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I had to recently implement a code to count the union of all intervals (if there are overlapping intervals) for an interview. I was provided with the following function stub:

public int solution(int[] A, int[] B) {

}

A[0] and B[0] form one interval, A[1] and B[1] the next one...and so on.

I tried two approaches.

  1. Copying all the intervals to an object and using collections to sort it based on the first value of an interval(Array A[]). But if the number of intervals is large, then is it a good idea to do so?

    public class Solution {
    
        class Pair {
            private int a,b;
            Pair() {}
            Pair(int a, int b) {
                this.a = a;
                this.b = b;
            }
            public int getA() {
                return a;
            }
            public int getB() {
                return b;
            }
        }
    
        class PairListComparator implements Comparator<Pair> {
    
            @Override
            public int compare(Pair o1, Pair o2) {
                if(o1.a < o2.a)
                    return -1;
                else if(o1.a > o2.a) 
                    return 1;
                else {
                    if(o1.b < o2.b)
                        return -1;
                    else if(o1.b > o2.b)
                        return 1;
                    else return 0;
                }
            }
    
        }
    
        ArrayList<Pair> inputList = new ArrayList<Pair>();
    
        Solution() {
    
        }
    
    
        public void createInputList(int[] A, int[] B) {
            for(int i = 0; i < A.length; i++) {
                Pair p = new Pair(A[i], B[i]);
                inputList.add(p);
            }
            PairListComparator plc = new PairListComparator();
            Collections.sort(inputList, plc);
        }
    
        public int evaluateList() {
            int count = 0;
            int ptr = 0;
            for(int i = 1; i < inputList.size(); i++) {
                int firstA = inputList.get(i-1).a;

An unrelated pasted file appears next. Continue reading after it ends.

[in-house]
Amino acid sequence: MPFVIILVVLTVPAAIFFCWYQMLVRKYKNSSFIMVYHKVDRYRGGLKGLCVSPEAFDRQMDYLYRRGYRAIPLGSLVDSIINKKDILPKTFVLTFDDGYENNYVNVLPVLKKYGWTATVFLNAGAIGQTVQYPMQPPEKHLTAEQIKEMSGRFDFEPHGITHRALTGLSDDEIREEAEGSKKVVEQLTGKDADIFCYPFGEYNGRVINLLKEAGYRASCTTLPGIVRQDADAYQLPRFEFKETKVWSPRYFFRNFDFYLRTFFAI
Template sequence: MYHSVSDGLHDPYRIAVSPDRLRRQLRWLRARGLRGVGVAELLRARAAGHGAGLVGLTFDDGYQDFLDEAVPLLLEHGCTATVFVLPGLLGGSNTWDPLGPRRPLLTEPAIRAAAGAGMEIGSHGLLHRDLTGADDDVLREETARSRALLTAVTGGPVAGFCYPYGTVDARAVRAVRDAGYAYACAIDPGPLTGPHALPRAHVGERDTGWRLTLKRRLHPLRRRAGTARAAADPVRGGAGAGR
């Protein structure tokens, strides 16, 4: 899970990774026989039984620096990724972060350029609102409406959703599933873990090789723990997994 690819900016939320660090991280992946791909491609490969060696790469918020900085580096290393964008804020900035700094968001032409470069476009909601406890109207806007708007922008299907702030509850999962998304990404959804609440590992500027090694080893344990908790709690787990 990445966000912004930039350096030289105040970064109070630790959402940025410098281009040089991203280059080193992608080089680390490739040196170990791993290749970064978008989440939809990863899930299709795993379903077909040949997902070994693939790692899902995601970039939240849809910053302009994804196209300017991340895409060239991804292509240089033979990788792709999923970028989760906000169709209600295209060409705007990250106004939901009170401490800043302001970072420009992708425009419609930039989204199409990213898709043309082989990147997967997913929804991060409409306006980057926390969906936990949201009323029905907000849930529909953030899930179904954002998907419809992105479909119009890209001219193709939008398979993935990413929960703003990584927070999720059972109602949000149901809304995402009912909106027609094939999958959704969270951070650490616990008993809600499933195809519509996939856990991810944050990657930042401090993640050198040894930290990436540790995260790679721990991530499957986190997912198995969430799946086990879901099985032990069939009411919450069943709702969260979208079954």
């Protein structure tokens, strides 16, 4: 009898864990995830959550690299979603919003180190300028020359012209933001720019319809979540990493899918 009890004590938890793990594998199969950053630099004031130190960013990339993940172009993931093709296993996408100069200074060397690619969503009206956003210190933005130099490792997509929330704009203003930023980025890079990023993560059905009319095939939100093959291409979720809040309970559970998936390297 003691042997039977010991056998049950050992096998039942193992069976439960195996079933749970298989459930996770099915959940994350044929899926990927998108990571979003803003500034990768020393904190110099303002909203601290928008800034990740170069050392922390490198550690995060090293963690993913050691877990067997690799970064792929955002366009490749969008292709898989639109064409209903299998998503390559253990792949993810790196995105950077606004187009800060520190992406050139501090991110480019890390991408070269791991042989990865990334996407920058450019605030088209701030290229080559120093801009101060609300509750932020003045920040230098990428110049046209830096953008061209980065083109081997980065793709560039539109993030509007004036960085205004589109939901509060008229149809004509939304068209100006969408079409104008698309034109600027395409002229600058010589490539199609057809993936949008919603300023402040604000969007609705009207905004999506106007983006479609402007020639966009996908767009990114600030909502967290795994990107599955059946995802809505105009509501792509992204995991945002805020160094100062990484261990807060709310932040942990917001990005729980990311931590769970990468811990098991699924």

int firstB = inputList.get(i-1).b;
                int secondA = inputList.get(i).a;
                int secondB = inputList.get(i).b;
                if(secondA < firstB) {
                    int newB = firstB > secondB ? firstB : secondB;
                    inputList.set(ptr, new Pair(firstA, newB));
                    ptr++;
                }
                else {
                    count++;
                }
            }
            return count;
        }
    
        public int solution(int[] A, int[] B) {
                // write your code in Java SE 8
            if((A.length != B.length) || (A.length == 0))
                return 0;
            createInputList(A, B);
            return evaluateList();          
         }
    
    
        public static void main(String[] args) {
            // TODO Auto-generated method stub
            Solution s = new Solution();
            /*
             * [1, 12, 42, 70, 36, -4, 43, 15], [5, 15, 44, 72, 36, 2, 69, 24]
             */
            int[] a = {1,12,42,70,36,-4,43,15};
            int[] b = {5,15,44,72,36,2,69,24};
            int cnt = s.solution(a, b);
            System.out.println(cnt);
        }
    
    }
    
  2. Implementing my own merge sort on the both the arrays. So sorting based on the first value of all intervals(Array A[]). But this was scored quite low (62%) on the performance scale. What is the best possible solution keeping algorithm efficiency \$O(n \log n)\$ and space \$O(n)\$ in worst case?

    public class Solution {
    
        public void mergesort(int[] A, int[] B, int[] temp, int[] temp2, int start, int end) {
            if(start < end) {
                int mid = (start + end)/2;